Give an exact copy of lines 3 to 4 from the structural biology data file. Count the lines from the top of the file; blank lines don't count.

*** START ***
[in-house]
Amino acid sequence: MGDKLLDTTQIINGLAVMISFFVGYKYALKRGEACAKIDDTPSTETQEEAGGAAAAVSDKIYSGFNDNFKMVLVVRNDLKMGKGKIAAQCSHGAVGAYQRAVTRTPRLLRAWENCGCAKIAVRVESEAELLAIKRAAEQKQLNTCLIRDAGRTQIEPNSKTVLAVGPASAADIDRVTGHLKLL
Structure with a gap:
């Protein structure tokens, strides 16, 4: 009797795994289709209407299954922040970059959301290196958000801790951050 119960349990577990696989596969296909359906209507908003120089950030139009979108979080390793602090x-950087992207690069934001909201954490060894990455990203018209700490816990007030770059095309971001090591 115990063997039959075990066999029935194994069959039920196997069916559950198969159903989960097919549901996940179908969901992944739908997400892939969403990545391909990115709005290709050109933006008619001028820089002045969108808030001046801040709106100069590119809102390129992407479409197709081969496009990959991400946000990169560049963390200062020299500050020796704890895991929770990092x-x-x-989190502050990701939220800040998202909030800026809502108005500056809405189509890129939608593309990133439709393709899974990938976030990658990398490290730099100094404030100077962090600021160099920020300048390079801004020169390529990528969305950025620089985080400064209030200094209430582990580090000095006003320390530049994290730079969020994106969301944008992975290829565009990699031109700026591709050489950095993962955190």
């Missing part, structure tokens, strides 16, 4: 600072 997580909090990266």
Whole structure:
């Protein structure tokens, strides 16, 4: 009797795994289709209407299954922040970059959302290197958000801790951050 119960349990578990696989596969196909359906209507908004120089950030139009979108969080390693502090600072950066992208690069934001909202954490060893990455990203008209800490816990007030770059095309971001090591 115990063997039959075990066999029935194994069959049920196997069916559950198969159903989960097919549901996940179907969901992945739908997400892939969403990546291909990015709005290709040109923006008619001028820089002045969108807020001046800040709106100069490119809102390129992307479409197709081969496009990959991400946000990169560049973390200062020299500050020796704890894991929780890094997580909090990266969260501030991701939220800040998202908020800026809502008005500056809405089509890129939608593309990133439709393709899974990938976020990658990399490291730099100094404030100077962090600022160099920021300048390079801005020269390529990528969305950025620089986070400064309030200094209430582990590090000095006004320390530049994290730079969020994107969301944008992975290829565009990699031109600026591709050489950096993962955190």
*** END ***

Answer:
Structure with a gap:
């Protein structure tokens, strides 16, 4: 009797795994289709209407299954922040970059959301290196958000801790951050 119960349990577990696989596969296909359906209507908003120089950030139009979108979080390793602090x-950087992207690069934001909201954490060894990455990203018209700490816990007030770059095309971001090591 115990063997039959075990066999029935194994069959039920196997069916559950198969159903989960097919549901996940179908969901992944739908997400892939969403990545391909990115709005290709050109933006008619001028820089002045969108808030001046801040709106100069590119809102390129992407479409197709081969496009990959991400946000990169560049963390200062020299500050020796704890895991929770990092x-x-x-989190502050990701939220800040998202909030800026809502108005500056809405189509890129939608593309990133439709393709899974990938976030990658990398490290730099100094404030100077962090600021160099920020300048390079801004020169390529990528969305950025620089985080400064209030200094209430582990580090000095006003320390530049994290730079969020994106969301944008992975290829565009990699031109700026591709050489950095993962955190």